Club-mate Mark was racing a criterium the other day and, looking at a photo of the race afterwards, realised he was the only one on the hoods; everyone else was in the drops. Being an insecure sheep like any dedicated road cyclist (yours truly included) he openly wondered how much of a difference it really makes?
Well, I’m no engineer or data boffin. Nor do I own a wind tunnel. But I’m guessing a lower and more compact position is likely to make you more aerodynamic in the same way those ridiculous aero helmets do. Over the course of a decent length race, that might just be significant. Flip side, of course, is if you’re not used to holding a more aggressive riding position you might be bloody uncomfortable and lose any infinitesimal energy and/or time gains when the whips are cracking through uncontrollable back spasms that render you essentially immobile. Or you might just crash.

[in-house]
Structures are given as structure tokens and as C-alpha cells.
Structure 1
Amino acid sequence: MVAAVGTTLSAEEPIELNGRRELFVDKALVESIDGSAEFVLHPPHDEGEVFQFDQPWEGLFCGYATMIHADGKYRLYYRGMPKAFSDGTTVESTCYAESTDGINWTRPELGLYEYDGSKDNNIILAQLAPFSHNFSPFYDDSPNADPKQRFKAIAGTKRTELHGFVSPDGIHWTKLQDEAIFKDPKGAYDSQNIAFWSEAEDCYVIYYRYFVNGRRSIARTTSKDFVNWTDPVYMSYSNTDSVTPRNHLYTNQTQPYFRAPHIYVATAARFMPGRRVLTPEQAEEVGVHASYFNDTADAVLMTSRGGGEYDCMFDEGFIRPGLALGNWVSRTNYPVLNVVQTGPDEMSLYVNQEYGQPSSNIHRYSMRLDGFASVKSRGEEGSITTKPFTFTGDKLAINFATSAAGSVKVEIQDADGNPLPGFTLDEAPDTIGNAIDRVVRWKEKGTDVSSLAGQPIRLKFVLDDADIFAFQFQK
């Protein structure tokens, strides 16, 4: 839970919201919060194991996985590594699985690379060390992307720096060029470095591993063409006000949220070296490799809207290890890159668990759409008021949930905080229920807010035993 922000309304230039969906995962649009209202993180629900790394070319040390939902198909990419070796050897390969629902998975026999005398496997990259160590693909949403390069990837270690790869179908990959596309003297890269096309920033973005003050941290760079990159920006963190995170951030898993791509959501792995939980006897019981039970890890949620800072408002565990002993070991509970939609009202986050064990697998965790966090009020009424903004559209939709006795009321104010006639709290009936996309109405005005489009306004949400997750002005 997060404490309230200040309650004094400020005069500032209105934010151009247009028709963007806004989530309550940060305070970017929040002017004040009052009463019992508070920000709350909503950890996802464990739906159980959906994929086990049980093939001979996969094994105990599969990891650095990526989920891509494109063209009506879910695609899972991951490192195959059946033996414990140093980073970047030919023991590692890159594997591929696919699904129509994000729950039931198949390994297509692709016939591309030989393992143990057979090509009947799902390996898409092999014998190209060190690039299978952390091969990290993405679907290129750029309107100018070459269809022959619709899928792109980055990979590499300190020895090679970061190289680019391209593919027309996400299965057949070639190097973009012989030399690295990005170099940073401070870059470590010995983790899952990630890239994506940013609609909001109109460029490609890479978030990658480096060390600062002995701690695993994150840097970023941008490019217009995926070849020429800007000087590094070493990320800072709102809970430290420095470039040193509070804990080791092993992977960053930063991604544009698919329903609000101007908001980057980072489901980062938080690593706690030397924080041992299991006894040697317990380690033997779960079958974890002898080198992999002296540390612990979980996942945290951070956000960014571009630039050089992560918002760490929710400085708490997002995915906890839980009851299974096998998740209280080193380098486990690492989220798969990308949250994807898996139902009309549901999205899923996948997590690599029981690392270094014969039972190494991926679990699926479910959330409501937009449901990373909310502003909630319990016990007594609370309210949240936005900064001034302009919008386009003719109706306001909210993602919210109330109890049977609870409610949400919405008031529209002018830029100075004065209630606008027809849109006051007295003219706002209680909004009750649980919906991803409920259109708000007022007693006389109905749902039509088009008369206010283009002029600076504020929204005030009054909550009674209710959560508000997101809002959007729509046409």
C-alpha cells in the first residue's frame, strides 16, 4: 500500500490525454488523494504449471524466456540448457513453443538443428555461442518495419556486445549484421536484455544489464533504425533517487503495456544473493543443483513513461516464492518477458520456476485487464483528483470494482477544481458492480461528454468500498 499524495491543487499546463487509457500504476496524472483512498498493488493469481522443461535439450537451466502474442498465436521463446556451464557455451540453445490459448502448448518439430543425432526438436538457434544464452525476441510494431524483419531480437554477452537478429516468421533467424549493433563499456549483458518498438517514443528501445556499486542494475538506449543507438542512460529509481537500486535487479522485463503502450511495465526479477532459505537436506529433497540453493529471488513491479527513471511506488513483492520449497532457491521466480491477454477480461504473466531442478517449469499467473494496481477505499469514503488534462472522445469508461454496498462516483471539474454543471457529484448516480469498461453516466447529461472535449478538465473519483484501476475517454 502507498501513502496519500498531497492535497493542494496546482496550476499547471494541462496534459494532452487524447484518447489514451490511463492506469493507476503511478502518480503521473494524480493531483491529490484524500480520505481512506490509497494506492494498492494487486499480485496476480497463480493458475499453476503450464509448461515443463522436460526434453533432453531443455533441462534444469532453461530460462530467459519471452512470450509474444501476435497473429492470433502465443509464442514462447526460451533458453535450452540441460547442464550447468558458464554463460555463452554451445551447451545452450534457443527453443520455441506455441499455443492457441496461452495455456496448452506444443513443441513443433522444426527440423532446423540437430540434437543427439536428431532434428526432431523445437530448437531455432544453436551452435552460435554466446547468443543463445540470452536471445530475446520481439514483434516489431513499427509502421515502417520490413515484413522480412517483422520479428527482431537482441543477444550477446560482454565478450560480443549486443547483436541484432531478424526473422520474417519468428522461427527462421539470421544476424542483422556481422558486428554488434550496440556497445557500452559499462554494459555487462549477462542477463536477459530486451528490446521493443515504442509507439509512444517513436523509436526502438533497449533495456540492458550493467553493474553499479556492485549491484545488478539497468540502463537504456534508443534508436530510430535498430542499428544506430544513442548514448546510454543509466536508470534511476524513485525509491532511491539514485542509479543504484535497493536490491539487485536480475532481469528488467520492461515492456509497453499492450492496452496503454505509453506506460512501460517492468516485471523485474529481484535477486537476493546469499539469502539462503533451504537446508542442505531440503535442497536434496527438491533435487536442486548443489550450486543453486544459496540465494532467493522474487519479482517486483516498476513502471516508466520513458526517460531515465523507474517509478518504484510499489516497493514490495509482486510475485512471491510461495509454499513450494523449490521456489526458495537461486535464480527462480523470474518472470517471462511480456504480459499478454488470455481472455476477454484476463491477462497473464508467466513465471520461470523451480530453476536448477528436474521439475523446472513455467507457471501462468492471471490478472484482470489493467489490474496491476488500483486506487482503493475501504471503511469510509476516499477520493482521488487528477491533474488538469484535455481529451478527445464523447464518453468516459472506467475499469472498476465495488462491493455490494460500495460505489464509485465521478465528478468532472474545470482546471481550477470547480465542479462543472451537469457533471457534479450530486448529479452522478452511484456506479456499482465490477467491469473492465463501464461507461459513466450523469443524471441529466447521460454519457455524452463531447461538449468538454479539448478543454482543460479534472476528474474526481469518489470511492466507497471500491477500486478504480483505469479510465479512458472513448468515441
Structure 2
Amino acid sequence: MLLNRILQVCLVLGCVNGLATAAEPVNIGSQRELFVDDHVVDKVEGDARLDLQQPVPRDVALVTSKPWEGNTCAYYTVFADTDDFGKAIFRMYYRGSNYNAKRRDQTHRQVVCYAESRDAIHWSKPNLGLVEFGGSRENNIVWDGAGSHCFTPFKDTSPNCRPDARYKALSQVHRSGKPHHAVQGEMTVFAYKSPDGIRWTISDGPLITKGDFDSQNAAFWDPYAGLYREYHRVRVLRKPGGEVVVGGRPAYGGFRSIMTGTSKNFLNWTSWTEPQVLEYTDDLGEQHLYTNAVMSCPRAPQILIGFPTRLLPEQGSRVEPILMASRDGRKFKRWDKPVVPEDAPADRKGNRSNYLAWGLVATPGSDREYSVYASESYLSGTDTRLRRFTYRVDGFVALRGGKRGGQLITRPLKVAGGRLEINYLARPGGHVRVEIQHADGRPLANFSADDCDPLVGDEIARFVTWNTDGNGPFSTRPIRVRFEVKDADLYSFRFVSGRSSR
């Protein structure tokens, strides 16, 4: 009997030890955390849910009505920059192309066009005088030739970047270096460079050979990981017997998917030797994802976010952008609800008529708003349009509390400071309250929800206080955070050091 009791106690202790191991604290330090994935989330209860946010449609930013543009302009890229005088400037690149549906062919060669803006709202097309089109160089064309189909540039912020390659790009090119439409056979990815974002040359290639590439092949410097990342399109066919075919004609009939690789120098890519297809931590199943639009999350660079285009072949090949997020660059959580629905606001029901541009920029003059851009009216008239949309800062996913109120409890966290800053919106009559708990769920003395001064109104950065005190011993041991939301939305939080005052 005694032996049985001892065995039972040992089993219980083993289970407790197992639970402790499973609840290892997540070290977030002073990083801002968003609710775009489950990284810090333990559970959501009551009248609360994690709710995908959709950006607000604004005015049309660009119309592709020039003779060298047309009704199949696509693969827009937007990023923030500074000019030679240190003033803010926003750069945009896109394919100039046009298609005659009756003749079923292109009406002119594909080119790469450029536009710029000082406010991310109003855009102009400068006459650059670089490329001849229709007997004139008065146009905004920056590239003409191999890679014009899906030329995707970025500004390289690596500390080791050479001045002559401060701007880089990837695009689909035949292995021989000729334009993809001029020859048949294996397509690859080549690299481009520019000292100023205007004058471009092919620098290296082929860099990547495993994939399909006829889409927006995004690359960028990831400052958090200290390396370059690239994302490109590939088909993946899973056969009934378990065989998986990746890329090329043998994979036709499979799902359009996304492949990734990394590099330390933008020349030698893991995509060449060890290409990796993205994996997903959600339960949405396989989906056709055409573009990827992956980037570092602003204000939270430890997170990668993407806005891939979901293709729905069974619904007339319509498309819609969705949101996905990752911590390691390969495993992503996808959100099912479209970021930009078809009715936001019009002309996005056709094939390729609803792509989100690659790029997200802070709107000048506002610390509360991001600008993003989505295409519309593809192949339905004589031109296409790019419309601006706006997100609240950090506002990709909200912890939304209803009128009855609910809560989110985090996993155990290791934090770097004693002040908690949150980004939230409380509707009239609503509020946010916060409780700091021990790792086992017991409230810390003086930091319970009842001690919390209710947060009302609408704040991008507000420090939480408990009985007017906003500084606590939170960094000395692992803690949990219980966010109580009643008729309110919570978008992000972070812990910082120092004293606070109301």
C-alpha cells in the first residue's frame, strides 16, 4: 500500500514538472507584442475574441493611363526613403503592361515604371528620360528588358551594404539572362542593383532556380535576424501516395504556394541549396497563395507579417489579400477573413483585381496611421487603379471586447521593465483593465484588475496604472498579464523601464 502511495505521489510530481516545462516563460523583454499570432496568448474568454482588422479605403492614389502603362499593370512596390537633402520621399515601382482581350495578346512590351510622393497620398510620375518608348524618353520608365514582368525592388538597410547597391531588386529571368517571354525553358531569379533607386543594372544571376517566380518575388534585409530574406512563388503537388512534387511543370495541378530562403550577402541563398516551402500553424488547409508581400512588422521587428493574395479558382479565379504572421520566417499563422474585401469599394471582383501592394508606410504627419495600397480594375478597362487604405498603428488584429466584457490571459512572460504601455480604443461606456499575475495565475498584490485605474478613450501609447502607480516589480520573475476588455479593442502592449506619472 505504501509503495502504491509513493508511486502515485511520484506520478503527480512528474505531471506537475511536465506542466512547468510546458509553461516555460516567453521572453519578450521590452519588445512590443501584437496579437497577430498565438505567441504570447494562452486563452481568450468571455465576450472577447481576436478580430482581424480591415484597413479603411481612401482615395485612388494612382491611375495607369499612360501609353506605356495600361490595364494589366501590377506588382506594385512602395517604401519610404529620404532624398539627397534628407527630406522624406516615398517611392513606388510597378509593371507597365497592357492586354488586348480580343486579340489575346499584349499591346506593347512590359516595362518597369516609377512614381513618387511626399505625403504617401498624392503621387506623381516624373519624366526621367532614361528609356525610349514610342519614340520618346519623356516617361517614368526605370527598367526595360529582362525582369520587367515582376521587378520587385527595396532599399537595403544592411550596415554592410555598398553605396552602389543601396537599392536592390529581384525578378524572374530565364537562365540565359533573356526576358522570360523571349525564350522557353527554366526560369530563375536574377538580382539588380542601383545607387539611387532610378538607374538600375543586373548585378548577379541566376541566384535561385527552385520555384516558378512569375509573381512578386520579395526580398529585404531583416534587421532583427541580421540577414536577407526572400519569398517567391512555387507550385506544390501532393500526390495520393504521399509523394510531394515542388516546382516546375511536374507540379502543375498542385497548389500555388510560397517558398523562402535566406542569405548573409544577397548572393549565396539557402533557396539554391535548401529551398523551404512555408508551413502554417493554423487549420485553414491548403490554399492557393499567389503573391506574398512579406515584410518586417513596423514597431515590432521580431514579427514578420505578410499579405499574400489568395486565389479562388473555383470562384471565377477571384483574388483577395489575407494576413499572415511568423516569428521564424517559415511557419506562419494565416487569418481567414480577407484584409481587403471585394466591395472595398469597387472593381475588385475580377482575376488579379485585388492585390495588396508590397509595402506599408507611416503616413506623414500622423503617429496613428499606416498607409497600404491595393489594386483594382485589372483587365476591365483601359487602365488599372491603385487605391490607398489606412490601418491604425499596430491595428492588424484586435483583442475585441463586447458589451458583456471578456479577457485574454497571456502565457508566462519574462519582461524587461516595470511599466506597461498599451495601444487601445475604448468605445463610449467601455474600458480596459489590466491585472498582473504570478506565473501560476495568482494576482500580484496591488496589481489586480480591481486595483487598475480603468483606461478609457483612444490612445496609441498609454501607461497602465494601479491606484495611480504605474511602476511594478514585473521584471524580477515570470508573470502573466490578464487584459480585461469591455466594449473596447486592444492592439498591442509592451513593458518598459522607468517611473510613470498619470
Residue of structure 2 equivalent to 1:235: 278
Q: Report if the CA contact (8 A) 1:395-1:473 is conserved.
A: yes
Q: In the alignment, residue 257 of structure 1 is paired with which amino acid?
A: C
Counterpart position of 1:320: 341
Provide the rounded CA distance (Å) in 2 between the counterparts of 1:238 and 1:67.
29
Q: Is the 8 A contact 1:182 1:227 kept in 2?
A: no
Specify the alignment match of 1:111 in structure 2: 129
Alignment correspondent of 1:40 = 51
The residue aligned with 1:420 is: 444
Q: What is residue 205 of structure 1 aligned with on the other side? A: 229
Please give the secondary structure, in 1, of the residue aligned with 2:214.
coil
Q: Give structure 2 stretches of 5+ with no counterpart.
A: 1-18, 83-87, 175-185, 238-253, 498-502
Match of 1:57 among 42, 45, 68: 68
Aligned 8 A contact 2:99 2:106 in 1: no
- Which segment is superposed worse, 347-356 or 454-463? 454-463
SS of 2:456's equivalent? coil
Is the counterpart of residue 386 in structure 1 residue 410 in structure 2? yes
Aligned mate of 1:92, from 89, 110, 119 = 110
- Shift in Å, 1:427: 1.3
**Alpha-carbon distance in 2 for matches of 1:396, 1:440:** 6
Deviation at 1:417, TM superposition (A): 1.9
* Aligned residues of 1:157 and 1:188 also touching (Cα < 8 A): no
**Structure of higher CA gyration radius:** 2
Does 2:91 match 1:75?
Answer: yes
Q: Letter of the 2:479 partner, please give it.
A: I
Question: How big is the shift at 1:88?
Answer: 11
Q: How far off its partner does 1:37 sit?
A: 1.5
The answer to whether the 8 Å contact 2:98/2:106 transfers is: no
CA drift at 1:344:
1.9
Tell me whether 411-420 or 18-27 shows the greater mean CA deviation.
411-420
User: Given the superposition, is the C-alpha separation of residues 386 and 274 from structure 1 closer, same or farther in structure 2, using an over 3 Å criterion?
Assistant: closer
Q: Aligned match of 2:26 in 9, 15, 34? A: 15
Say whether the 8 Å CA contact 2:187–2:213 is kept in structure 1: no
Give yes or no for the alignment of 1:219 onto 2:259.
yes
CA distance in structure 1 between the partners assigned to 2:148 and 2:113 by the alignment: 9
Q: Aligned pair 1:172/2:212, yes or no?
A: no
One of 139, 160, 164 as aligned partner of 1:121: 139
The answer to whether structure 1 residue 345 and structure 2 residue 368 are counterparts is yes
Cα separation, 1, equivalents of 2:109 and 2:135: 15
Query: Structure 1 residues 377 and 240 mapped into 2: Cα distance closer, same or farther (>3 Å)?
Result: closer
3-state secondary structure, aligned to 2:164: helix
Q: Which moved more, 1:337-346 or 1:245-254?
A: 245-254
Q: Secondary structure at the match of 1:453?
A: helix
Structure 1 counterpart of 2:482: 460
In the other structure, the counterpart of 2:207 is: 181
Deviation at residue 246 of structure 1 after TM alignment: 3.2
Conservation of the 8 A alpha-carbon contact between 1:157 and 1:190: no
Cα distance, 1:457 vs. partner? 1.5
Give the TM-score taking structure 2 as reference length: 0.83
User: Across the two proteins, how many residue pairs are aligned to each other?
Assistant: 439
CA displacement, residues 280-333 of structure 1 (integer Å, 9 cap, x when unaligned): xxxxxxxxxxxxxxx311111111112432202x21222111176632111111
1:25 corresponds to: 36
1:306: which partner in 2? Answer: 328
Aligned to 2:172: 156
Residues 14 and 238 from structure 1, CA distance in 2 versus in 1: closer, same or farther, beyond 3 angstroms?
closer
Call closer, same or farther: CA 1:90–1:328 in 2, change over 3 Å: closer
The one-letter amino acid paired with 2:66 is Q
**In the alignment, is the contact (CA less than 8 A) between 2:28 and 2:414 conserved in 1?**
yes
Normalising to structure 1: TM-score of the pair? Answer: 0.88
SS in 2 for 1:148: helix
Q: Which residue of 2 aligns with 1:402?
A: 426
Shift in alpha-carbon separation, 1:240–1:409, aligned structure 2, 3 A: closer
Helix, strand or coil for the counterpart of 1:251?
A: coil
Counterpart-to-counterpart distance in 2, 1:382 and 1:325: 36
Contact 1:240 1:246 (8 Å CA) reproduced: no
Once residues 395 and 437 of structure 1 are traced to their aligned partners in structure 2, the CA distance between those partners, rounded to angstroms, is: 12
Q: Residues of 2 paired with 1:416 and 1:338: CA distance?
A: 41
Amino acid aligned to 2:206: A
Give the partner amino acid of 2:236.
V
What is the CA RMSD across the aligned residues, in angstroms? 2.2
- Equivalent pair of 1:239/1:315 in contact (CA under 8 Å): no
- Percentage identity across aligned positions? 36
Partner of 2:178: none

Regardless, I’ve scoured plenty of online forums on the subject in the last 24 hours and as far as I can gauge there’s no clear right or wrong way to hold your bars. Like most things bike related the best advice appears to be simply: do whatever works best for you. That might mean spending 95% of your time up on the hoods and just 5% in the drops. Or vice versa. Or, in other words Mark, keep doing things your way.
For all the engineers and data boffins out there feel free to decipher this and report back. It’s all gobbledygook to me. But I think it might be relevant?
Cycling Aerodynamics & CdA – A Primer : Cycling Power Lab.